Rationalizing cold-blooded murder is something for sick minds and for the greatest of writers. Shakespeare was able to imagine how a flawed personality might rationalize the assassination of a friend for something the intended victim had not yet done, but might do. Amoral? Sick? Reprehensible? Yes, all of these. And also the topic for the first great soliloquy Shakespeare ever wrote:
It must be by his death, and, for my part,
I know no personal cause to spurn at him,
But for the general. He would be crown’d:
How that might change his nature, there’s the question.
It is the bright day that brings forth the adder
And that craves wary walking. Crown him that,
And then, I grant, we put a sting in him
That at his will he may do danger with.
The abuse of greatness is when it disjoins
Remorse from power, and, to speak truth of Caesar,
I have not known when his affections sway’d
More than his reason. But ’tis a common proof
That lowliness is young ambition’s ladder,
Whereto the climber-upward turns his face;
But when he once attains the upmost round,
He then unto the ladder turns his back,
Looks in the clouds, scorning the base degrees
By which he did ascend. So Caesar may;
Then, lest he may, prevent. And, since the quarrel
Will bear no color for the thing he is,
Fashion it thus: that what he is, augmented,
Would run to these and these extremities;
And therefore think him as a serpent’s egg
Which hatch’d would as his kind grow mischievous,
And kill him in the shell.
—Julius Caesar, Act 2, Scene 1
Before we get to the why this soliloquy is the first of its kind, note the imagery: There are two metaphors here. Caesar as a serpent, and Caesar as a ladder-climber. The ladder-climber has become part of our common vernacular today–“climb the corporate ladder.” The other metaphor, though–Caesar as the adder–is the creepier of the two, and Shakespeare has Brutus return to that image in the final, decisive line: “And kill him in the shell.”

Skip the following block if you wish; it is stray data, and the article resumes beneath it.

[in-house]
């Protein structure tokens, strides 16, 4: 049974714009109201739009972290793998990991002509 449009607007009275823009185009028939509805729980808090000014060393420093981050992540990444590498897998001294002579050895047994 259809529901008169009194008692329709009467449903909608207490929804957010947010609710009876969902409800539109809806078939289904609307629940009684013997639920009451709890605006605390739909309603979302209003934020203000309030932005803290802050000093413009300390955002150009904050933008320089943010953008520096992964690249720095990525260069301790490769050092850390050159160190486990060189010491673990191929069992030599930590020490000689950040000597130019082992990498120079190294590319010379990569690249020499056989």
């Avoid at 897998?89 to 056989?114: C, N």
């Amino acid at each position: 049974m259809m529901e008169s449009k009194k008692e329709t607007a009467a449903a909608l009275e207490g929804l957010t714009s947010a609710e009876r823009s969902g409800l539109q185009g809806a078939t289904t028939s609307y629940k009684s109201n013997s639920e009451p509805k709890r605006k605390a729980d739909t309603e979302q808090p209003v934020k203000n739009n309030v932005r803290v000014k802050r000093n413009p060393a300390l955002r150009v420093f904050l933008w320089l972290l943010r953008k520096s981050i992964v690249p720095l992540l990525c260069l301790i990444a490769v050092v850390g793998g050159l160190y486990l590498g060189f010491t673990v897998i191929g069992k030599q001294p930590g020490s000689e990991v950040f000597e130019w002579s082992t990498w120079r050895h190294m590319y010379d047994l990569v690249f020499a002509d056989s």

That metaphor allows Brutus to develop the rationalization to murder Caesar not for anything he has done, but for what he might do. That is, kill the snake in its shell. As cold-blooded as you can get. Yet–it’s okay, he’s rationalized it.
Finally, as mentioned above, this was Shakespeare’s first great soliloquy. The idea of being able to convey on-stage a character’s innermost thoughts was something never before done in theatre until Shakespeare tried it out in Julius Caesar–all the way back in 1599. This speech is the first one.
It worked so well for Shakespeare–it so illuminated the inner workings of his characters–that he then refined the practice. To this very day, we remember even greater soliloquys that followed in his later plays: ‘To be or not to be’ from Hamlet, or ‘Tomorrow, and tomorrow, and tomorrow’ from Macbeth, just to name two. This technique changed the nature of art forever. Need examples? It’s used today in popular culture: think of ‘The Office’ or ‘Modern Family’, where characters are given the opportunity to speak directly to the audience.
The image comes from the 1953 film version of Julius Caesar, with James Mason as Brutus (right) and John Gielgud as Cassius (left). Note their post-assassination bloodstained tunics, in glorious black and white.